Gates: Hillary Clinton, Joe Biden would make good presidents

Former Defense Secretary Robert Gates in an interview broadcast Sunday said former Secretary of State Hillary Clinton, mulling a 2016 presidential run, would make a good commander in chief.

“Actually, I think she would,” Gates said on CBS “This Morning” when asked about Clinton.

ADVERTISEMENT
Gates also said that Vice President Biden — who was singled out for harsh criticism in Gates’s memoir — would make a good president, though his language had some caveats.

“Well, I suppose, to be even-handed, I would have to say I suppose he would,” Gates said.

In his memoir, Duty: Memoirs of a Secretary at War, Gates gives accounts that could be harmful to both Clinton and Biden.

Gates, a Republican, has plenty of praise for Clinton in the book, but he also says that she opposed the 2007 surge in Iraq for political reasons, because she was about to run against then-Sen. Barack Obama, who had opposed the Iraq War from the start.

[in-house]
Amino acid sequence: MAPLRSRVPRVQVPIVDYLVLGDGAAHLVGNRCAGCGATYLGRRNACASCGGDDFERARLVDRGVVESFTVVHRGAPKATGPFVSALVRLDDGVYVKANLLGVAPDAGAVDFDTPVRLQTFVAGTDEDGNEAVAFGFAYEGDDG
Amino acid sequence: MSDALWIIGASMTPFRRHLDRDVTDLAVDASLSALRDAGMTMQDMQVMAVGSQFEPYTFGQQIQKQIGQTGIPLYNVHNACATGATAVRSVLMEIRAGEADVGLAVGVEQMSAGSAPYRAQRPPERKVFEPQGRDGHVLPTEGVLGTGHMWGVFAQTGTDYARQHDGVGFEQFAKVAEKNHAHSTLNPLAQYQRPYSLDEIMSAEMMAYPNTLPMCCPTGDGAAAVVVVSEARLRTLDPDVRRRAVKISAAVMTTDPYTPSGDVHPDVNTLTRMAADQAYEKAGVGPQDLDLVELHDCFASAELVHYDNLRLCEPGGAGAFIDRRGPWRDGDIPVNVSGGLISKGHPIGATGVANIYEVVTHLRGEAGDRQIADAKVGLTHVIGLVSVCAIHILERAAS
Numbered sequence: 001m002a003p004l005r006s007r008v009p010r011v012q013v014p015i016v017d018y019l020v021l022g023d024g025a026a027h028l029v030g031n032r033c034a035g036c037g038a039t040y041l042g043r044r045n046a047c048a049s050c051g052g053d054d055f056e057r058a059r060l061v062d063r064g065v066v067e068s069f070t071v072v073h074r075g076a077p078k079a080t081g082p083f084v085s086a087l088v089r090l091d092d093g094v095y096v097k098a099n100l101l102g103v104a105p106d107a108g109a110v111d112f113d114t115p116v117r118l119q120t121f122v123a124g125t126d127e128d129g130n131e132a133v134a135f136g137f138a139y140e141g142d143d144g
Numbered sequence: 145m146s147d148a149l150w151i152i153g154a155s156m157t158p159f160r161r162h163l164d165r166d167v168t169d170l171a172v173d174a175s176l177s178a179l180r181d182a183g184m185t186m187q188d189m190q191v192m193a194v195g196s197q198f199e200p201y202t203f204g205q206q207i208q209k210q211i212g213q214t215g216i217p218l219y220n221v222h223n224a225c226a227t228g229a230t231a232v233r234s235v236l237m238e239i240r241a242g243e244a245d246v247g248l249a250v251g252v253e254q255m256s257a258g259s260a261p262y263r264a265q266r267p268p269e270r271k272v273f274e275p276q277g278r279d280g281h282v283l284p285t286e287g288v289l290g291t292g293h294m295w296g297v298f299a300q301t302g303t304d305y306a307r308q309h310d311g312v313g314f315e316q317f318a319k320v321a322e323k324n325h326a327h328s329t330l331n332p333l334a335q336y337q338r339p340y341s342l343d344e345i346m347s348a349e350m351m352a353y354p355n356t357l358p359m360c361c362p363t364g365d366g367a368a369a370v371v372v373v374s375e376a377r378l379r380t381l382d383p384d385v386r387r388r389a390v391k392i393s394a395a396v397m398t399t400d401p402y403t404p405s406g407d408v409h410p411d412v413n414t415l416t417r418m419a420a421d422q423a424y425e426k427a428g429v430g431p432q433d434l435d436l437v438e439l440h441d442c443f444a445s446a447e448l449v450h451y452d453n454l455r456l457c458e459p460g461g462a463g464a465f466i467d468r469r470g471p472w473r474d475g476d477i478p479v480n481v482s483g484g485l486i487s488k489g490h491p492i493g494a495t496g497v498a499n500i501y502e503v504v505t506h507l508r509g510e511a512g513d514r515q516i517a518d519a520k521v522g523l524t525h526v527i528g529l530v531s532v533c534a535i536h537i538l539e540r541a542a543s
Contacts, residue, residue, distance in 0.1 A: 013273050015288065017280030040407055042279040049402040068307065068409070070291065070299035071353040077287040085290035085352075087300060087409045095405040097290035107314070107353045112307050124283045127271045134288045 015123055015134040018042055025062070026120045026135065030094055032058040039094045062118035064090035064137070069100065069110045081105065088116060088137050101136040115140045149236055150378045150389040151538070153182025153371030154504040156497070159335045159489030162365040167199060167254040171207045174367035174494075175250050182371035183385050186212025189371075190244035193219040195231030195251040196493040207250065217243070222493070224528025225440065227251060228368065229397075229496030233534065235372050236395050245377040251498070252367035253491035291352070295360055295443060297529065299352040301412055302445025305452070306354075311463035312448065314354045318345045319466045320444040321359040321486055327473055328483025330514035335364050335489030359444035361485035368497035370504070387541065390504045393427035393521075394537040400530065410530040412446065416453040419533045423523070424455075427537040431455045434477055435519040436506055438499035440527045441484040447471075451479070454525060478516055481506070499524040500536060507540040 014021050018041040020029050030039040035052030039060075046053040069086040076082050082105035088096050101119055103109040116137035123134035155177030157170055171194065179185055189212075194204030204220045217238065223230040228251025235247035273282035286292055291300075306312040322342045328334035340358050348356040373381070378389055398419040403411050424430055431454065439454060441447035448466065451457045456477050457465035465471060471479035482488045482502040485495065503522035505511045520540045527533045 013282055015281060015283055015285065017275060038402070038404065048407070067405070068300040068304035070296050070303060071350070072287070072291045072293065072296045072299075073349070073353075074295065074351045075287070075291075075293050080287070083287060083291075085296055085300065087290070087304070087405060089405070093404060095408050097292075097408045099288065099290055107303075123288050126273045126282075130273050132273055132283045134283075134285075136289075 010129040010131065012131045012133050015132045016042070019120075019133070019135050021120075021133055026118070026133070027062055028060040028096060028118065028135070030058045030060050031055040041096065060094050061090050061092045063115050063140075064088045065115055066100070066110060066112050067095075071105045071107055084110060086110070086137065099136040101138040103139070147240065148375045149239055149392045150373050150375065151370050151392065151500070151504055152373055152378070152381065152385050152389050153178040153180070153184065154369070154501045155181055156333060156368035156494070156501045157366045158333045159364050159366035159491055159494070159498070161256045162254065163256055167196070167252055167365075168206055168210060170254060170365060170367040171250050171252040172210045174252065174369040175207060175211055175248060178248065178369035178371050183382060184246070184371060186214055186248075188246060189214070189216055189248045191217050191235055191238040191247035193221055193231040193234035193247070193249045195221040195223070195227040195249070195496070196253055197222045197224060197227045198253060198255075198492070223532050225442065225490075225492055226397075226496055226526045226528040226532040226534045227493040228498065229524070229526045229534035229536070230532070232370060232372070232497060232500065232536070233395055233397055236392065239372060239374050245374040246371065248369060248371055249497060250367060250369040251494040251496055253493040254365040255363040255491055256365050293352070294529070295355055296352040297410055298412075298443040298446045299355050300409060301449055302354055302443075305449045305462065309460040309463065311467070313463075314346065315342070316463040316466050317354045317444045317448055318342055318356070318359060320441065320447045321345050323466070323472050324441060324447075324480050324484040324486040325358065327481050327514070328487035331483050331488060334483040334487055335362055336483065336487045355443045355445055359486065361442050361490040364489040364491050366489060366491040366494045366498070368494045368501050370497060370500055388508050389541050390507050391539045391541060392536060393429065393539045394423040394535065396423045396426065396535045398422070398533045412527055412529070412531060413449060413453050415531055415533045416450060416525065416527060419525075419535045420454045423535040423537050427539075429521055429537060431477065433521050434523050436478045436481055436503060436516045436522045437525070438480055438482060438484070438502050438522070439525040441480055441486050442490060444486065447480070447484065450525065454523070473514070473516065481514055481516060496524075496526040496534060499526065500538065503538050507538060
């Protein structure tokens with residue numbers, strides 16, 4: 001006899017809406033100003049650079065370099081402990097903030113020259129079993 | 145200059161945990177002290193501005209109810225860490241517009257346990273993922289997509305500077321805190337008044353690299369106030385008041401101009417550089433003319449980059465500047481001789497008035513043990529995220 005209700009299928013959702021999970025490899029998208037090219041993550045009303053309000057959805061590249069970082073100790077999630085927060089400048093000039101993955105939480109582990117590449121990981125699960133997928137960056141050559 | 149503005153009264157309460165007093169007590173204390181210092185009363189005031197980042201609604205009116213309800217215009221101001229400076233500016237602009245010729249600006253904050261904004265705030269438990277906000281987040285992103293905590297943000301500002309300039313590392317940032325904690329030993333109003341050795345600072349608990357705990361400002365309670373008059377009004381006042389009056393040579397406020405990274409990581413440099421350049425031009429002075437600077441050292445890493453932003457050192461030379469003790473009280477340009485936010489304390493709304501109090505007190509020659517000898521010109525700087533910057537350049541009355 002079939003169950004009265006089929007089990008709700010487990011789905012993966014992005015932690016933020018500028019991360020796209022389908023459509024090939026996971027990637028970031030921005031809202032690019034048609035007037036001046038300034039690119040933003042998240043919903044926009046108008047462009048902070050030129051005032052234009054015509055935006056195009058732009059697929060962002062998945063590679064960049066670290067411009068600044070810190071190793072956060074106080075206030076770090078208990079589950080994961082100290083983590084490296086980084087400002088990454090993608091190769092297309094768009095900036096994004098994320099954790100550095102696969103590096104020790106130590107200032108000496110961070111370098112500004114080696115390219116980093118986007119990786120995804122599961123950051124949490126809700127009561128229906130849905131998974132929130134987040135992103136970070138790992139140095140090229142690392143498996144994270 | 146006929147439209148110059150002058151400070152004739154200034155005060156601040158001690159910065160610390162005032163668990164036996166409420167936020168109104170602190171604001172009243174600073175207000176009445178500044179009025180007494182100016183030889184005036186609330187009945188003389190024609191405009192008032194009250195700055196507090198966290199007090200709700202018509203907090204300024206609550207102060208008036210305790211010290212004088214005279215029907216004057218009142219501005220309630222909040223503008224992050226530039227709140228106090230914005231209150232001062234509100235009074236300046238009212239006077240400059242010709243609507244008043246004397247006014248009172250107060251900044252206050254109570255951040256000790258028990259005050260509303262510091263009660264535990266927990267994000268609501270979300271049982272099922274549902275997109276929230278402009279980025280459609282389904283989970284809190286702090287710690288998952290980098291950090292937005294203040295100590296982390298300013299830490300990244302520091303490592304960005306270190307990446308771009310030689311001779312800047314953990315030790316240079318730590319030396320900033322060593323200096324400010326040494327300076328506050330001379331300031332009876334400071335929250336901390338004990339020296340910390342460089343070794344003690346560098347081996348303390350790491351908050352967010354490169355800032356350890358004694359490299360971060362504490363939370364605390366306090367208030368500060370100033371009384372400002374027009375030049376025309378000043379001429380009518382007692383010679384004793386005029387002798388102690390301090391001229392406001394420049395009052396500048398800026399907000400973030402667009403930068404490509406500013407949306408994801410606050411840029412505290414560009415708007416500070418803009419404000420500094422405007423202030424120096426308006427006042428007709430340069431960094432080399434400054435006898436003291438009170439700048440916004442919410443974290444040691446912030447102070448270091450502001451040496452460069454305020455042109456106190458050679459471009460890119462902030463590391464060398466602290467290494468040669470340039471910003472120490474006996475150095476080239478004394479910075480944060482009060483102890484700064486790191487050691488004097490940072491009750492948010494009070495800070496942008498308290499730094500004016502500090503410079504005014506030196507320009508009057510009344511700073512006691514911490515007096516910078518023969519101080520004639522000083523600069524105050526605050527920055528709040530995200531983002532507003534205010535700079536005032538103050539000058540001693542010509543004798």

He was much harsher on Biden, accusing him of being wrong on every foreign policy decision for the last 40 years.

In his first television interview since excerpts of his book were released last week, Gates said on CBS that he did not regret publishing his memoir while President Obama is still in office and the U.S. military is still in Afghanistan.

“You have to look at the entirety of the book, and the fact it deals with getting into wars, getting out of wars,” Gates said. “And frankly, it seemed to me with my experience and perspective of working for two presidents and having been secretary for 4 1/2 years, I didn’t think that waiting until 2017 to weigh in on these issues, and in a comprehensive and thoughtful way, made any sense.”

Gates said that he felt the reaction to the book — which is not officially released until Tuesday — reflects the polarization of the political process in Washington.

“A lot of people are looking at this book in terms, how does it advance my particular political agenda, or how does damage my political agenda,” Gates said. “My objective was to stand back and try to provide a nonpartisan look at the kind of issues that have lived in our country and live in our government for the last number of years.”